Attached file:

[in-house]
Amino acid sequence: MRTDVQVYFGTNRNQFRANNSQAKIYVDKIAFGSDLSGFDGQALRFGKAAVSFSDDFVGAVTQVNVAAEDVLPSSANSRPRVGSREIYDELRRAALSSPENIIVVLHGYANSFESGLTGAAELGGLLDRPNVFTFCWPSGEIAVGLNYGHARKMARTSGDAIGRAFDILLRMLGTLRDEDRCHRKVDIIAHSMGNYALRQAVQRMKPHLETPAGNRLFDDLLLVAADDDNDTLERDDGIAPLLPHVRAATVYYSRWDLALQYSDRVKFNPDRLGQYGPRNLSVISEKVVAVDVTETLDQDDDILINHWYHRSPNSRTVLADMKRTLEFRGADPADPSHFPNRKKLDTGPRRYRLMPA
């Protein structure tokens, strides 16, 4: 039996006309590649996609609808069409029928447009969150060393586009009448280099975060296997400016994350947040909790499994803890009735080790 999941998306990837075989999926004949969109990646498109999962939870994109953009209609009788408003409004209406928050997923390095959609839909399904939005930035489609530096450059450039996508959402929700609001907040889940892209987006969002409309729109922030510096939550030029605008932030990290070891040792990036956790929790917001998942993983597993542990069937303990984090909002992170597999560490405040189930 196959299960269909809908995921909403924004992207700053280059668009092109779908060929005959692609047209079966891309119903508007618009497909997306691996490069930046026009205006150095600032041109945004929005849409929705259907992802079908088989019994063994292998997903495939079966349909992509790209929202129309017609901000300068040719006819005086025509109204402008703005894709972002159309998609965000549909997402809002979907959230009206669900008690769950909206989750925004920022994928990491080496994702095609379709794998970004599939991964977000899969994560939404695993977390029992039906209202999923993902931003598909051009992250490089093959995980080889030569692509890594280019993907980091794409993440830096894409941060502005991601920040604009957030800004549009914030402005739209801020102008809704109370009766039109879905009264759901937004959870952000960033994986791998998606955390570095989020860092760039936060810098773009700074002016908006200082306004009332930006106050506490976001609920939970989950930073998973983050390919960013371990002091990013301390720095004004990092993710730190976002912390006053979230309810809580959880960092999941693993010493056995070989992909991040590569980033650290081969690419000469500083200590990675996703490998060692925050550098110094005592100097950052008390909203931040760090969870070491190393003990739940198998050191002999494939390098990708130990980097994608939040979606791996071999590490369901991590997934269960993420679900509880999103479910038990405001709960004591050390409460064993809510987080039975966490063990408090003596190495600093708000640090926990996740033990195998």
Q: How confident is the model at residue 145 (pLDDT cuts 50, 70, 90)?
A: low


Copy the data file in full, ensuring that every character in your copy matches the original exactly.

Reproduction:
[in-house]
Amino acid sequence: MRTDVQVYFGTNRNQFRANNSQAKIYVDKIAFGSDLSGFDGQALRFGKAAVSFSDDFVGAVTQVNVAAEDVLPSSANSRPRVGSREIYDELRRAALSSPENIIVVLHGYANSFESGLTGAAELGGLLDRPNVFTFCWPSGEIAVGLNYGHARKMARTSGDAIGRAFDILLRMLGTLRDEDRCHRKVDIIAHSMGNYALRQAVQRMKPHLETPAGNRLFDDLLLVAADDDNDTLERDDGIAPLLPHVRAATVYYSRWDLALQYSDRVKFNPDRLGQYGPRNLSVISEKVVAVDVTETLDQDDDILINHWYHRSPNSRTVLADMKRTLEFRGADPADPSHFPNRKKLDTGPRRYRLMPA
């Protein structure tokens, strides 16, 4: 039996006309590649996609609808069409029928447009969150060393586009009448280099975060296997400016994350947040909790499994803890009735080790 999941998306990837075989999926004949969109990646498109999962939870994109953009209609009788408003409004209406928050997923390095959609839909399904939005930035489609530096450059450039996508959402929700609001907040889940892209987006969002409309729109922030510096939550030029605008932030990290070891040792990036956790929790917001998942993983597993542990069937303990984090909002992170597999560490405040189930 196959299960269909809908995921909403924004992207700053280059668009092109779908060929005959692609047209079966891309119903508007618009497909997306691996490069930046026009205006150095600032041109945004929005849409929705259907992802079908088989019994063994292998997903495939079966349909992509790209929202129309017609901000300068040719006819005086025509109204402008703005894709972002159309998609965000549909997402809002979907959230009206669900008690769950909206989750925004920022994928990491080496994702095609379709794998970004599939991964977000899969994560939404695993977390029992039906209202999923993902931003598909051009992250490089093959995980080889030569692509890594280019993907980091794409993440830096894409941060502005991601920040604009957030800004549009914030402005739209801020102008809704109370009766039109879905009264759901937004959870952000960033994986791998998606955390570095989020860092760039936060810098773009700074002016908006200082306004009332930006106050506490976001609920939970989950930073998973983050390919960013371990002091990013301390720095004004990092993710730190976002912390006053979230309810809580959880960092999941693993010493056995070989992909991040590569980033650290081969690419000469500083200590990675996703490998060692925050550098110094005592100097950052008390909203931040760090969870070491190393003990739940198998050191002999494939390098990708130990980097994608939040979606791996071999590490369901991590997934269960993420679900509880999103479910038990405001709960004591050390409460064993809510987080039975966490063990408090003596190495600093708000640090926990996740033990195998």
Q: How confident is the model at residue 145 (pLDDT cuts 50, 70, 90)?
A: low